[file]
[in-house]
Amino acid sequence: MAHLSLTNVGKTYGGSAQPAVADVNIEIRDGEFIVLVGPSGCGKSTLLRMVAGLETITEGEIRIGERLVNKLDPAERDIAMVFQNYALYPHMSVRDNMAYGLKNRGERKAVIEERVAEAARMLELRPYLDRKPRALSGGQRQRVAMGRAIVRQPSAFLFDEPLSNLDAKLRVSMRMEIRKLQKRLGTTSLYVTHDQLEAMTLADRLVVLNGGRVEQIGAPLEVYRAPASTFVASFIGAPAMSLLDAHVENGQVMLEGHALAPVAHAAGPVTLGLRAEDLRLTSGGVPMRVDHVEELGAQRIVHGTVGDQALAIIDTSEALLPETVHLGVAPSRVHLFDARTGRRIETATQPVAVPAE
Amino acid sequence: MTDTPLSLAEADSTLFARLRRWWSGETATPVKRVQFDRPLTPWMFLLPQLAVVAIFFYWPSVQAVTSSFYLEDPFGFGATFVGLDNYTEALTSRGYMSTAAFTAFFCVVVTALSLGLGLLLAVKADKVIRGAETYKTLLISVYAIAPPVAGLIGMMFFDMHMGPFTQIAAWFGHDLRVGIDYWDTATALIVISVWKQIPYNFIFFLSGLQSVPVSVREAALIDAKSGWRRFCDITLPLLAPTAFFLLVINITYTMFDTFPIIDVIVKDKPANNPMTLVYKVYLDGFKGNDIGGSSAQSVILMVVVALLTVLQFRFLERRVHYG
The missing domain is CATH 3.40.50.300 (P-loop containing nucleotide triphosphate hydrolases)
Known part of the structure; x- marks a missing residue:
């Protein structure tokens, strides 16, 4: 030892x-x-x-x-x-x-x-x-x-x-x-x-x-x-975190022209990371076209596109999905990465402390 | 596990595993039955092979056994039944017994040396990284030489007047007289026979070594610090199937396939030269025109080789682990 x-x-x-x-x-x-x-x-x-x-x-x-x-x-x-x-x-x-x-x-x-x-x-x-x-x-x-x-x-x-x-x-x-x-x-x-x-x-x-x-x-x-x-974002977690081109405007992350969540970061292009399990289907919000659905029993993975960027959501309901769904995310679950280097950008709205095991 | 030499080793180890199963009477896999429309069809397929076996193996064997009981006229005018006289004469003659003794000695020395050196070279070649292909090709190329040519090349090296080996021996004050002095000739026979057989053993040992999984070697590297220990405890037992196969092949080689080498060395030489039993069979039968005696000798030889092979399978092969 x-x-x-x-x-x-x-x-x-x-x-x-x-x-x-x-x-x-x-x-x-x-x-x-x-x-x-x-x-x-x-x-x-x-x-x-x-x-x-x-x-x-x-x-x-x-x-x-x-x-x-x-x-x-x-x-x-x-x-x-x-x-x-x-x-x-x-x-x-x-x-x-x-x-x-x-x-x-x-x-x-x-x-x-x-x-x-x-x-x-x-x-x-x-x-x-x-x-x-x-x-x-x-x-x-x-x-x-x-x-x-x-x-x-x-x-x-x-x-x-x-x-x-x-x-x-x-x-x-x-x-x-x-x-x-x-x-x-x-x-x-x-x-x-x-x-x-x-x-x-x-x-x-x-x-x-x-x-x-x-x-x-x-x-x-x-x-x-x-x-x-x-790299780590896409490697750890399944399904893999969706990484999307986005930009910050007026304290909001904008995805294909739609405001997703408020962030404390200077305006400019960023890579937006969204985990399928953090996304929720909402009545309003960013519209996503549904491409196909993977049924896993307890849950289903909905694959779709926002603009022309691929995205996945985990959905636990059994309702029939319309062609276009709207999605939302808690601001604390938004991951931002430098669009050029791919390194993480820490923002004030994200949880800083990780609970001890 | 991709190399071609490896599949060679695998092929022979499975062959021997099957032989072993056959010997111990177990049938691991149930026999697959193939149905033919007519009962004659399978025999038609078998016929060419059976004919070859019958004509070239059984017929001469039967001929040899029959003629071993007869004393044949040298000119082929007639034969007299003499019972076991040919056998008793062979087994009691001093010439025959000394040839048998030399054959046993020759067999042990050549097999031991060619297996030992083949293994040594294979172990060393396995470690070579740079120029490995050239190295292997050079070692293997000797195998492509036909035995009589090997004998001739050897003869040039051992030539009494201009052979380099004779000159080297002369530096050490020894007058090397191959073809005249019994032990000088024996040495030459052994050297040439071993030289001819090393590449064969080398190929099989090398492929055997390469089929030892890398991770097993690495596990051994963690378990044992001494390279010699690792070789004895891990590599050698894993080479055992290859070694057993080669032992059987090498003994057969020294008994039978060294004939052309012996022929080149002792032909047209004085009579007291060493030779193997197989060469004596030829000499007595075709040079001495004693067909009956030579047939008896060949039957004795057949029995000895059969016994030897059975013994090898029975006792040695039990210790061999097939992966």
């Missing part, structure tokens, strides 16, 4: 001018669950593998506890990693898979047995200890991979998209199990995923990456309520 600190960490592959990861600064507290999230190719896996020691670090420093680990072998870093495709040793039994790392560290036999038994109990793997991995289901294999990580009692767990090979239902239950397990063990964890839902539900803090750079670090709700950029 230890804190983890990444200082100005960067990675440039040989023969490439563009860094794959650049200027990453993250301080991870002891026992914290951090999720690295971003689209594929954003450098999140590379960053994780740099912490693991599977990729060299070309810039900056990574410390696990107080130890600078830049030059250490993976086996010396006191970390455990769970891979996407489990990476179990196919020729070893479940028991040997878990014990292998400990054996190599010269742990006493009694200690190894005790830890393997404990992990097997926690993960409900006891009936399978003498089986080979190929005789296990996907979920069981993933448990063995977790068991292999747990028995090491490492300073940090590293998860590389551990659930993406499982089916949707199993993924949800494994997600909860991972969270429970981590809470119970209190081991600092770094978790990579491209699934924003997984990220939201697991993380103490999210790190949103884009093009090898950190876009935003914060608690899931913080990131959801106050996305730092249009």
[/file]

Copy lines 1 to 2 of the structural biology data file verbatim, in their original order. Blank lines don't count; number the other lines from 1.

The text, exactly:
[in-house]
Amino acid sequence: MAHLSLTNVGKTYGGSAQPAVADVNIEIRDGEFIVLVGPSGCGKSTLLRMVAGLETITEGEIRIGERLVNKLDPAERDIAMVFQNYALYPHMSVRDNMAYGLKNRGERKAVIEERVAEAARMLELRPYLDRKPRALSGGQRQRVAMGRAIVRQPSAFLFDEPLSNLDAKLRVSMRMEIRKLQKRLGTTSLYVTHDQLEAMTLADRLVVLNGGRVEQIGAPLEVYRAPASTFVASFIGAPAMSLLDAHVENGQVMLEGHALAPVAHAAGPVTLGLRAEDLRLTSGGVPMRVDHVEELGAQRIVHGTVGDQALAIIDTSEALLPETVHLGVAPSRVHLFDARTGRRIETATQPVAVPAE